personal finance

IG Group executive makes his own spread bet

The chief product officer of IG has cashed out of a six-week spread bet on the shares of the derivatives trading platform, netting a profit of £54,409.

Matthew Brief — a 19-year veteran of the FTSE 250 firm — sold a derivative equivalent to 50,000 IG shares for £422,300 on September 18, the day after a scheduled trading update revealed revenues for the group’s August-end first quarter were up 62 per cent on the previous year.

That disclosure helped push up the stock by 6 per cent and allowed Mr Brief to cash out of the trade at a 15 per cent premium to the share price on August 7, when he first purchased the derivative. A regulatory filing of the transaction did not disclose how much leverage Mr Brief used in the spread bet, a type of high-risk wager on the price move of a security which, unlike contracts for difference, are exempt from capital gains tax.

It is unusual for directors of publicly-listed companies to make leveraged bets on the share price movements of their firms, or trade over such short timeframes. IG declined to comment, though we understand the executive did not make the trade on the platform he helps to manage.

However, Mr Brief was not the only insider to cash in on IG’s share price rise following the trading update. On September 18, chief risk officer Joe McCaughran made two sales worth a combined £70,554, while his wife Helen McCaughran disposed of the 10,000 shares he had transferred to her a day before — the same day Mr Brief also transferred 9,000 shares to his wife Jasmin.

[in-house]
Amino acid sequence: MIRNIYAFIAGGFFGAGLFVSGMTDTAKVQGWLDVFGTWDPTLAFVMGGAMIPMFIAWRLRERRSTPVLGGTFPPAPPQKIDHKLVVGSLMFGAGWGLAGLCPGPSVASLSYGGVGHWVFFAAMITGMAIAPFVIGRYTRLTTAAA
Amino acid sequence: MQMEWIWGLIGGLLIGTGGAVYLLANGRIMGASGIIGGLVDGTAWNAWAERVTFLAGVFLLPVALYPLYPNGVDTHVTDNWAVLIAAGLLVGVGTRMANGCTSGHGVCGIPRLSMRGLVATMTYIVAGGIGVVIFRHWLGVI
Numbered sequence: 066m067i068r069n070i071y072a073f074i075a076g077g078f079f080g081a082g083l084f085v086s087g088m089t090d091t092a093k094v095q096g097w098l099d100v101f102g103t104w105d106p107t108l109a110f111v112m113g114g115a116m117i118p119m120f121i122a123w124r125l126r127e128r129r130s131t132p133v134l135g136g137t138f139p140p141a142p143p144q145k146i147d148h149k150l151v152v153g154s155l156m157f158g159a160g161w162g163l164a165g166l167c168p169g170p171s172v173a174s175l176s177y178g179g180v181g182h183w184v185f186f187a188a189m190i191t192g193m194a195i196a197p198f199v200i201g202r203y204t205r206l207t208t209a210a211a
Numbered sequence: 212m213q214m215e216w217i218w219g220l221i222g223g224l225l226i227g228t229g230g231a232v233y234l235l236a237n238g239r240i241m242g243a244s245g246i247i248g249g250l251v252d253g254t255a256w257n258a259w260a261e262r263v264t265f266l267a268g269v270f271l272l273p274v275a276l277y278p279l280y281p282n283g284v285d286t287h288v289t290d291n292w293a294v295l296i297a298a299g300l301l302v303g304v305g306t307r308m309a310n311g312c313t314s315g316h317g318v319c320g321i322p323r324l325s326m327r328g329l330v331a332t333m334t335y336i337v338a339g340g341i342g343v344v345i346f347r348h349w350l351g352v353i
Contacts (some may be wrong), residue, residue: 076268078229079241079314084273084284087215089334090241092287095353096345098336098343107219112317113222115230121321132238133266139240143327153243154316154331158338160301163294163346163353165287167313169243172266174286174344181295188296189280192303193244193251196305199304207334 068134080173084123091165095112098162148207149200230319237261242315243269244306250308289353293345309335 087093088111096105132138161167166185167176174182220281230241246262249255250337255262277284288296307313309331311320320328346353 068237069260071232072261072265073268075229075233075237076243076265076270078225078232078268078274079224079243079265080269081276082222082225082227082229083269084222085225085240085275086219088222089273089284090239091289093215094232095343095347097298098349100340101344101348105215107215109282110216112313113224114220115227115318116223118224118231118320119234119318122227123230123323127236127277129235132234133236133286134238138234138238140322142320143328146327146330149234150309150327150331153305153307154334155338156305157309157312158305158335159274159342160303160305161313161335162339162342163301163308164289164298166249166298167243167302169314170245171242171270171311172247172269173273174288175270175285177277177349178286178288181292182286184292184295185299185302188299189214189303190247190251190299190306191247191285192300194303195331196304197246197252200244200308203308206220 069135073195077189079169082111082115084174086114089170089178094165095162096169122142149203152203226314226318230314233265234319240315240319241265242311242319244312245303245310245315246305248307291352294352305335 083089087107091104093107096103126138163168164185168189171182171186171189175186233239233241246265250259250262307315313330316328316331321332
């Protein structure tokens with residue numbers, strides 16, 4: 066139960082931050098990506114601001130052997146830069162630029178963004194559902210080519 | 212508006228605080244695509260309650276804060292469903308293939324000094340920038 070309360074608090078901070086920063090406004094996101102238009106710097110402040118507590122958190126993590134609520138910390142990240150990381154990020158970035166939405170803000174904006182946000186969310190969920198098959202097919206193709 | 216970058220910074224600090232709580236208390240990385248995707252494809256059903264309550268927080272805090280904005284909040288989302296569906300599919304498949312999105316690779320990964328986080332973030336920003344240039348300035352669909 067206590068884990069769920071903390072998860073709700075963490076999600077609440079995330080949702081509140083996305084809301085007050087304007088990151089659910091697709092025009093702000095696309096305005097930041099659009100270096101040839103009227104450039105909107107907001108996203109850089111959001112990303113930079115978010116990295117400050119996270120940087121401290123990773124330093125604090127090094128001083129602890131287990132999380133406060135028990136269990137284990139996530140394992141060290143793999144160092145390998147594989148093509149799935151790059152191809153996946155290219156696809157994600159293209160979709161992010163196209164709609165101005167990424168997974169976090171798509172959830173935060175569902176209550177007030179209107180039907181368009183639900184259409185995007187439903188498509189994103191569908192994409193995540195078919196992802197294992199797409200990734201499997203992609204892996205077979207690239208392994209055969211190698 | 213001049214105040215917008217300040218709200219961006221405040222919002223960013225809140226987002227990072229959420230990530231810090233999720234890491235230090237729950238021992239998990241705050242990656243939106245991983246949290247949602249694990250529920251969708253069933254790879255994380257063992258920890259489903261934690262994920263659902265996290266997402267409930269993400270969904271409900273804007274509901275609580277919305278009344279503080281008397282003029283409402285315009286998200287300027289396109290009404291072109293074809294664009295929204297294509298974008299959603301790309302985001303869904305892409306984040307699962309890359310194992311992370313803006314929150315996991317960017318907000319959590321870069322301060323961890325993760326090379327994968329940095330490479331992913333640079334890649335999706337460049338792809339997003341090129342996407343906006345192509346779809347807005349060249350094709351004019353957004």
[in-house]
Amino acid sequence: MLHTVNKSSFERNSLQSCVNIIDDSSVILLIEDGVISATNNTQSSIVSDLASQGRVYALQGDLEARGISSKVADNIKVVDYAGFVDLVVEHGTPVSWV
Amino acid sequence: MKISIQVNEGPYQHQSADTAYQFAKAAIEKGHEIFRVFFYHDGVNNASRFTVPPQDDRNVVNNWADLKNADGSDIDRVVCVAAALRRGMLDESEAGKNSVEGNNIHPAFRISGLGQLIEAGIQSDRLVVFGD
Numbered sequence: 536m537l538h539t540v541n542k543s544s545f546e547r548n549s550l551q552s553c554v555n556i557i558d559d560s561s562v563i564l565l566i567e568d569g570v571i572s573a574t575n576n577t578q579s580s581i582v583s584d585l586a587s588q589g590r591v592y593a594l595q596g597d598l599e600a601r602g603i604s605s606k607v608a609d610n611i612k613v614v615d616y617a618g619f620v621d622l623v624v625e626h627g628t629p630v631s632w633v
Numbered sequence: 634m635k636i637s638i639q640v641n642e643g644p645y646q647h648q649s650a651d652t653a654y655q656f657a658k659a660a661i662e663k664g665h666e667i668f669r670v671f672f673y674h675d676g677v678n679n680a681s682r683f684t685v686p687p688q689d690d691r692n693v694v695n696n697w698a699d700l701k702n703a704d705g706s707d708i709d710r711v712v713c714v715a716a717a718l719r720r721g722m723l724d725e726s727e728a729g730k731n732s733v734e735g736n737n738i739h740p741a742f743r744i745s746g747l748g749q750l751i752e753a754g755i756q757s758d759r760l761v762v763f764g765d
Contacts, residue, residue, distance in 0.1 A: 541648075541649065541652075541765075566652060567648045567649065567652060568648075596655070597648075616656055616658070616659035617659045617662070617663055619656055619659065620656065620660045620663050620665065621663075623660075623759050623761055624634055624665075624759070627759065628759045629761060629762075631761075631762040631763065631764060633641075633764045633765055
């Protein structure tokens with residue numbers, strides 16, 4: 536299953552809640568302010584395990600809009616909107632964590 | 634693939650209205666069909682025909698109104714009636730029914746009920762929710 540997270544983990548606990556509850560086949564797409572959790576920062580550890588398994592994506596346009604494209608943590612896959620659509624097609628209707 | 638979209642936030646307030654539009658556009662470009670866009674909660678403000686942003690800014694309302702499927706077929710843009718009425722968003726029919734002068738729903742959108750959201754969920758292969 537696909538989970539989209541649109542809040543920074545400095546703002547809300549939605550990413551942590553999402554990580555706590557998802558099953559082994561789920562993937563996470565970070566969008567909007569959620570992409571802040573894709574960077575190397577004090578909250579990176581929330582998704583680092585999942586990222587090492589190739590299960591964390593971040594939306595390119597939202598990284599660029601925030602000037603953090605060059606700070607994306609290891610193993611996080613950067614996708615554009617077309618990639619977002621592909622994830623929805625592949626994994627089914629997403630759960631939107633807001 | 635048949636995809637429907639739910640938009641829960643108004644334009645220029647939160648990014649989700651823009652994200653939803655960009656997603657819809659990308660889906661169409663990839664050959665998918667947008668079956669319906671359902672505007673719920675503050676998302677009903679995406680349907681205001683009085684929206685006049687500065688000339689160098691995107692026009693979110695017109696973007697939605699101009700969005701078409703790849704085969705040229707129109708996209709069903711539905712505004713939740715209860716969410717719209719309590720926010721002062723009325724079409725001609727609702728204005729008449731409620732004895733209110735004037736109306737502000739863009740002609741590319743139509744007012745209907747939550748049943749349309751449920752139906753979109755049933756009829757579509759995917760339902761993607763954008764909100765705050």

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It is usually alarming when a company sheds over two-fifths of its market value in just one week, as Network International did between September 14 and 21. But more surprising is the fact that it simply is not clear why the share price tumbled by so much – even prompting a business update from the payments company, who said it was “not aware of any reason to justify the move”. 

A wave of share purchases by five directors between September 18 and 21, with an aggregate sum of £400,000, was perhaps then an attempt to shore up confidence in the stock. Indeed, the company said in a statement that the buys “demonstrate the confidence that Network International directors have in the long-term growth prospects of the company”. The purchases — as well as a brief note emphasising that the volume of payments it had processed were steadily improving in August and September — did offer some reassurance to investors, and the shares have now rebounded by about a quarter. 

But the market is right to be cautious about Network International. While the pandemic has accelerated the shift to cashless payments, a nosedive in consumer spending has dealt a serious blow to its income statement. Pre-tax profits crashed 90 per cent in the six months ended in June and management has warned that it expects sales will drop by as much as a fifth in 2020. 

Nevertheless, the company is pushing ahead with the $288m (£227m) purchase of DPO, an online commerce platform in Africa, which will be funded partly by a £205m equity raise back in July. The acquisition is expected to complete towards the end of this year. 

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